Egypt, which made peace with Israel from 1978 to 1979, gave up its claims on the Gaza Strip. “Mediators with their own interests” is a summary description of Egypt’s attitude to the Palestinian phalanx. The Islamist movement Hamas in Gaza was formed as a committee of the Muslim Brotherhood, a Sunni Muslim organization that exists in several countries and is countered by the Cairo state leadership. Egypt also does not want to jeopardize peace with Israel, even though it has never been described as warm and prefers a PLO dominated by secular Fatah over the Islamist claims of Hamas in Gaza. It also states that Egypt fights jihadi movements on the Sinai Peninsula, bordering the Gaza Strip.
In the peace process, which has so far been based on the premise that the goal is a two-state solution, the United States has played a key role. In 2009, President Barack Obama made statements that supported the downturn line before 1967 as a frontier for a Palestinian state. When Obama’s successor Donald Trump announced in December 2017 that the US embassy would be moved from Tel Aviv to Jerusalem, it meant recognition of Israel’s control over the entire city, including its Arab eastern half. The UN General Assembly held a vote in which 128 countries voted against the US decision, and few countries have followed the United States in its tracks. In November 2019, the United States government passed on another very controversial message: that it was not considered that Israeli settlements on occupied land necessarily constitute a violation of international law and that the assessment of whether settlements are legal should be made in Israel, by the Supreme Court. From the Palestinian side, the statement looked like the US would release “the law of the jungle”. The outside world, for example the EU, hastened to reiterate the attitude that has been in place since the 1967 occupation: that settlements violate the Fourth Geneva Convention which prohibits an occupation power from moving into its own population. In January 2020, President Trump presented a peace plan, which in all important respects supported Israeli claims. In order to make the plan more appealing to the Palestinians (and the outside world), the United States put in view major investments in the Palestinian economy; Persuasion to invest large sums had been directed at rich Arab states in the region. The Palestinians, for their part, “lobbied” with neighboring states and EU countries to persuade them not to support Trump’s plan.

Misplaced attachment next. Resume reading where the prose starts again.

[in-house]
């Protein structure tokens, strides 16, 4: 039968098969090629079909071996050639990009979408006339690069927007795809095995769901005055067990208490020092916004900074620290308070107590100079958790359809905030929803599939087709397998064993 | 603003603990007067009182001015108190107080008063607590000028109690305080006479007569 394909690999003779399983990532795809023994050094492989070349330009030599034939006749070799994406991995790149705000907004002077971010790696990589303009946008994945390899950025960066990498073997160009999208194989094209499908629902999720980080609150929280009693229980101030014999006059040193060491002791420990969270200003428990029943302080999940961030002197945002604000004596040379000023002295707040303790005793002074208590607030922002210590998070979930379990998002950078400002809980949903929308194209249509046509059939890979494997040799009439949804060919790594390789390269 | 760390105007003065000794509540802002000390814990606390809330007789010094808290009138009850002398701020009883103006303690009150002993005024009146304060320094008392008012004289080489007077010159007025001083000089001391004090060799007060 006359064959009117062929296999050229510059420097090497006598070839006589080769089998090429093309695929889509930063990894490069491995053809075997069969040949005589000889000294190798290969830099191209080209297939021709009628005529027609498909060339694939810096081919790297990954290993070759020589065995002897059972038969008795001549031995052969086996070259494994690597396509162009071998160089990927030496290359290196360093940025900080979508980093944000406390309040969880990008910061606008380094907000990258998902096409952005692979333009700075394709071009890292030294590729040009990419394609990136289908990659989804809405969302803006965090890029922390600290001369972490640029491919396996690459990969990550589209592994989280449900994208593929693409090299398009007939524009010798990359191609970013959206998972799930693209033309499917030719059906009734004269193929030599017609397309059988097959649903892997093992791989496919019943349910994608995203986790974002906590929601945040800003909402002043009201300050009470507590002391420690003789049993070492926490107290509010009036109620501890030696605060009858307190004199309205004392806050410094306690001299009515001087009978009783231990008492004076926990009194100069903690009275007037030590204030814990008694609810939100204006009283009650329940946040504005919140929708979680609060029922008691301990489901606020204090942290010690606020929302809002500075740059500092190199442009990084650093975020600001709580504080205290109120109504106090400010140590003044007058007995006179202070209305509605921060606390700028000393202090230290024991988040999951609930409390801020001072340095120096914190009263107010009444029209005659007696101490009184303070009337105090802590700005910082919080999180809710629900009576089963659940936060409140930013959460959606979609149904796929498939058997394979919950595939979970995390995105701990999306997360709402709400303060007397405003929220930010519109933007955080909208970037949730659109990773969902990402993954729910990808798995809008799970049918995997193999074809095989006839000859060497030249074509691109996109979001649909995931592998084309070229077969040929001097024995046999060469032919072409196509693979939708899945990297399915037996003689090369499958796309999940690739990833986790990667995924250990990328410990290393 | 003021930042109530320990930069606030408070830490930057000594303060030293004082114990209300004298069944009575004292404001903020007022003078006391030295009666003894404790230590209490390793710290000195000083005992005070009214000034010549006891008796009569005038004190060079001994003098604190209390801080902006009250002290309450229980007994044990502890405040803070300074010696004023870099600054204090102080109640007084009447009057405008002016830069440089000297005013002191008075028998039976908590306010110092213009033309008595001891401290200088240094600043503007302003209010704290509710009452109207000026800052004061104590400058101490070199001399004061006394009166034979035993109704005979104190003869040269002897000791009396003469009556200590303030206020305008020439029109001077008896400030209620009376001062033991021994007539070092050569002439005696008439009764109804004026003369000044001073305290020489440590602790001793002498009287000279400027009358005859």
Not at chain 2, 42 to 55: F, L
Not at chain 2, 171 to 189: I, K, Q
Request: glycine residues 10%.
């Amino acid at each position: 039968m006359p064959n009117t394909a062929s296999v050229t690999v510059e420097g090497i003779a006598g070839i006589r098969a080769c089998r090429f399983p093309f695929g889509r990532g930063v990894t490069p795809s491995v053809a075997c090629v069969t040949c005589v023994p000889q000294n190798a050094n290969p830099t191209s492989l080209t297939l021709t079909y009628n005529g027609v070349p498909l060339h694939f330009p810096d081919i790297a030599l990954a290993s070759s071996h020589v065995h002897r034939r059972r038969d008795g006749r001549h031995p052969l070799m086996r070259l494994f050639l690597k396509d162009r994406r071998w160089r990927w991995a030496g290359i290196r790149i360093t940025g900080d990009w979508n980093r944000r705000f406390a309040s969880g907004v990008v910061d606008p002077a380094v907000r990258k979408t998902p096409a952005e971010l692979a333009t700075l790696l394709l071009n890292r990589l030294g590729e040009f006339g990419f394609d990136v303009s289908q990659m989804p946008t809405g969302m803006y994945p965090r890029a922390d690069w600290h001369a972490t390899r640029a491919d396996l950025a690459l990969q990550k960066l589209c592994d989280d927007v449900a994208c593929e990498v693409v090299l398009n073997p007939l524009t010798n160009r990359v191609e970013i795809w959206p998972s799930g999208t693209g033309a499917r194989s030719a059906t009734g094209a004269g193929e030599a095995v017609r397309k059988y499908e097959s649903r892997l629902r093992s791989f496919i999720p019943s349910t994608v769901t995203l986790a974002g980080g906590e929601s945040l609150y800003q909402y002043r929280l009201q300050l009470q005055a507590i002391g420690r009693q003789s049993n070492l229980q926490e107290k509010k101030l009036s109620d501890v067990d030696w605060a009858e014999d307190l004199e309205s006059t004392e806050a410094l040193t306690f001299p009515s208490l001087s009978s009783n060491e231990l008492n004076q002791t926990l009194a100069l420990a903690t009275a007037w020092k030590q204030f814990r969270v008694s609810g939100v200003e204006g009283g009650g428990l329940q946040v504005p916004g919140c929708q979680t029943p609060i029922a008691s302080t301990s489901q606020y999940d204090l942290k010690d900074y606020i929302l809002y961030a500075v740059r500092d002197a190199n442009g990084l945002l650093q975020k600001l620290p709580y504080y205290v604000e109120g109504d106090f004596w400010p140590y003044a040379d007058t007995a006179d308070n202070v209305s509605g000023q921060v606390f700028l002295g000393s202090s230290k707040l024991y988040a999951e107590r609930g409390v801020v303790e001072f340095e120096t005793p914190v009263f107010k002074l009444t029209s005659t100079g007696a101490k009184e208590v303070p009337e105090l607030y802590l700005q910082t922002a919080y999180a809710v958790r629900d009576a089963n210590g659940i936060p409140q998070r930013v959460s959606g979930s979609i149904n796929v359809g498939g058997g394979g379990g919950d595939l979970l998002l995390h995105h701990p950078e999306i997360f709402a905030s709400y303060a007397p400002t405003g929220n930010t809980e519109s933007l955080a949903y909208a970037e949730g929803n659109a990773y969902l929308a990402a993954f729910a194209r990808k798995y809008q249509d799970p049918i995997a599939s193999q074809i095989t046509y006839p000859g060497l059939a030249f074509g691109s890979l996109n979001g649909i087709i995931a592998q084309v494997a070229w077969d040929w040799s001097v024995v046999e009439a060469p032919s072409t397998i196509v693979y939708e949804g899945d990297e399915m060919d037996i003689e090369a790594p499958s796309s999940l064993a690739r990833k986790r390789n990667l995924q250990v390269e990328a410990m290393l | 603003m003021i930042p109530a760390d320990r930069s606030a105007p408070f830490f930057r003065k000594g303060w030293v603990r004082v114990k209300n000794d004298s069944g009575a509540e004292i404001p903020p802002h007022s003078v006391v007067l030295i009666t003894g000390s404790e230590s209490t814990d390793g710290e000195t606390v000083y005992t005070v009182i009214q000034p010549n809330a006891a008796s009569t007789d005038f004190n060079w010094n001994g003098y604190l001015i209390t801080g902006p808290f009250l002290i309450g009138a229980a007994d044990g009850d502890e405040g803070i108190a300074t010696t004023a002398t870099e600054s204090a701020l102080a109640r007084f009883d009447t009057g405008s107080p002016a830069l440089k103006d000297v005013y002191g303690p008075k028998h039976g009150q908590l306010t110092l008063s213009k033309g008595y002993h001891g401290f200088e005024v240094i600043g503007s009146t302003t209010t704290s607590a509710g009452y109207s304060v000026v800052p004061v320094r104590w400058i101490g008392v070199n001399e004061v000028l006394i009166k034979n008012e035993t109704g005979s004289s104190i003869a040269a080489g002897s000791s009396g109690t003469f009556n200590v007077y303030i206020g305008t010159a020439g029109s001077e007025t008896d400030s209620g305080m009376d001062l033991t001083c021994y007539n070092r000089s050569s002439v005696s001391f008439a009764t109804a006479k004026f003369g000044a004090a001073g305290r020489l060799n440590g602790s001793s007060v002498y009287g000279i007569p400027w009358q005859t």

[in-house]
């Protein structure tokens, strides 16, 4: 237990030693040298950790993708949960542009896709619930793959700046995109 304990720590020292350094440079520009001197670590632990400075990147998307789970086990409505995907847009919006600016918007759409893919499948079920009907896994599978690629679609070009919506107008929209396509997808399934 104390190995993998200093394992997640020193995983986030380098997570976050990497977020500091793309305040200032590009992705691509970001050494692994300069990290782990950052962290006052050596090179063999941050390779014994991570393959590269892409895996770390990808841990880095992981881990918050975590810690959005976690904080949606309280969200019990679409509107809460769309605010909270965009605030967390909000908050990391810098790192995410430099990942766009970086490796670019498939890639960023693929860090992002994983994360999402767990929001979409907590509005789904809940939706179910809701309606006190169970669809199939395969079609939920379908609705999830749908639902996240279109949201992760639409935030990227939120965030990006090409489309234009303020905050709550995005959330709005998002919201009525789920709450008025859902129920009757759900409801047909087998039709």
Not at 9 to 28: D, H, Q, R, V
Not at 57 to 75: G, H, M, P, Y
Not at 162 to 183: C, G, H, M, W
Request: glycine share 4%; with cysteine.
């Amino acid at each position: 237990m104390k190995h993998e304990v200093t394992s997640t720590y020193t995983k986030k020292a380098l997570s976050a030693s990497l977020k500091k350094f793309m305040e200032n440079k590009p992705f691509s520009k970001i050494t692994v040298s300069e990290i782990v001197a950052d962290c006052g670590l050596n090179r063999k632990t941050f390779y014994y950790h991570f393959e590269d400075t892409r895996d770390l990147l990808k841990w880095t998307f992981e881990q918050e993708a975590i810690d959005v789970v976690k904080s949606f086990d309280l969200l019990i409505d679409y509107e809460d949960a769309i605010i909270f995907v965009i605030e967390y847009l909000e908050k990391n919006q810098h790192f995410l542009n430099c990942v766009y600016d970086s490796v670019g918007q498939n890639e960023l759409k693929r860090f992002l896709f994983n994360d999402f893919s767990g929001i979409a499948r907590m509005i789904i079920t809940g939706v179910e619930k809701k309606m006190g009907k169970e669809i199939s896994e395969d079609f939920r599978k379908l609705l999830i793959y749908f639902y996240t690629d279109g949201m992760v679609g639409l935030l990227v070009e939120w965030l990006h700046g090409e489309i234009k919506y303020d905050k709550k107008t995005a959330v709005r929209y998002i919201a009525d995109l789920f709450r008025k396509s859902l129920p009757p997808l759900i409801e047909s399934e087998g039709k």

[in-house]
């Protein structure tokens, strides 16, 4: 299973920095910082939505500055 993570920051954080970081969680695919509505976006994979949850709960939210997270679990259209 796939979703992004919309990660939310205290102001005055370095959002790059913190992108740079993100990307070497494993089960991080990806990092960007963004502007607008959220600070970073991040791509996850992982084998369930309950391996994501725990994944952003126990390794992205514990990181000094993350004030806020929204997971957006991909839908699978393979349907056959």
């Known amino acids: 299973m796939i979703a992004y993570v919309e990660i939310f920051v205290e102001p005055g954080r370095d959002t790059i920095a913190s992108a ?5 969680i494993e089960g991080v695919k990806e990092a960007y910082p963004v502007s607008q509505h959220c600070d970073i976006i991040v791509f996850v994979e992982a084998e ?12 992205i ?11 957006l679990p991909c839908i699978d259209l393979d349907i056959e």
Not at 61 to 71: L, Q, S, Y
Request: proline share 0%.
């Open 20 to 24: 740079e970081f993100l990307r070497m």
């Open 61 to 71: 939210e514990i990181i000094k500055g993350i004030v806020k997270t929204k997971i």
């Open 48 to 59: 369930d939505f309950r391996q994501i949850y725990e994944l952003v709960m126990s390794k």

By 2020, Palestinians expected 137 states to recognize Palestine, including Sweden (2014) and Iceland. Many of the accolades already came after a declaration of independence from PLO in 1988 (see Modern History). The EU has both criticized Trump’s Jerusalem decision and reiterated his support for the two-state solution, but most member states refrain from recognizing Palestine as a state pending a final peace deal with Israel, a state located in Asia continent defined by ehealthfacts.
Turkish President Erdoğan has been at the forefront of Muslim protests against Israel. On Turkish initiative, the OIC condemned the US recognition of Israel’s supremacy over Jerusalem and called for the establishment of an international peacekeeping force to protect Palestinians.
Palestinians are troubled by the fact that Israel has made efforts to improve its relations with Arab states with which the country does not even have diplomatic relations. In June 2020, when the covid-19 pandemic erupted, the Palestinian Authority rejected a plane load of medical equipment from the United Arab Emirates. The transport was based on an agreement between the Emirates and Israel, but had not been coordinated with the Palestinians.